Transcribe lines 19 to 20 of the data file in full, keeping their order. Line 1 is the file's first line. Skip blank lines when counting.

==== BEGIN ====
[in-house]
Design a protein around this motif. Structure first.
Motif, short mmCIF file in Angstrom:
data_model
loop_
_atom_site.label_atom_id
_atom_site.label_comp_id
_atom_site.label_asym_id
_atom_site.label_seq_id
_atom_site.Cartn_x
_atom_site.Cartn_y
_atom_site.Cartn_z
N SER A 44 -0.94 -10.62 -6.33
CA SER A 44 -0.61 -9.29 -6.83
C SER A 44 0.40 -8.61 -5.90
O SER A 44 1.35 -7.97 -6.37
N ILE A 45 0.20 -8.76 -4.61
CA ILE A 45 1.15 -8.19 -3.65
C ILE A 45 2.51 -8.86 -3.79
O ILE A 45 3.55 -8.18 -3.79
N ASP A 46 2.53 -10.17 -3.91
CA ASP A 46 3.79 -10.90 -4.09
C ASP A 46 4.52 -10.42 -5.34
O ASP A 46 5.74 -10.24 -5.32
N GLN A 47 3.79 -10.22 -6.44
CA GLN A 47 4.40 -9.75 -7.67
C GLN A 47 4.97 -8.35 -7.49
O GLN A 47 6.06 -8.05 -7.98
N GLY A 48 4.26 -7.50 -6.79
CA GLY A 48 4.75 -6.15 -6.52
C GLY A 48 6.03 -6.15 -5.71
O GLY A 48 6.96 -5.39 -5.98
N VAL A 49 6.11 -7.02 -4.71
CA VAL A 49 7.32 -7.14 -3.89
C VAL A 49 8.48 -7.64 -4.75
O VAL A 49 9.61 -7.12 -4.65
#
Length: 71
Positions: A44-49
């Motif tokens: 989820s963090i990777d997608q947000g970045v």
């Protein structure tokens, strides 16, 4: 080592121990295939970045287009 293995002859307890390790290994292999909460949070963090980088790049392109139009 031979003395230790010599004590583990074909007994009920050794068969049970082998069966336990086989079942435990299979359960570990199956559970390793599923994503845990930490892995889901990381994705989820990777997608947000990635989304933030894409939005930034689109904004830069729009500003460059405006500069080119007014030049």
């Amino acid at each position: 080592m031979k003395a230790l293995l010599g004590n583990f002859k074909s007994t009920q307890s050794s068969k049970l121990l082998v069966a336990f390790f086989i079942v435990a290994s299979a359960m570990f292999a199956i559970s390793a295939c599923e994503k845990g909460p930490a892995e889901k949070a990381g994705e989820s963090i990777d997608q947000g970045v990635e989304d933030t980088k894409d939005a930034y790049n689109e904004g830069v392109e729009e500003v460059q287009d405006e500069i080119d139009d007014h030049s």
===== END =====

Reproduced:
C ILE A 45 2.51 -8.86 -3.79
O ILE A 45 3.55 -8.18 -3.79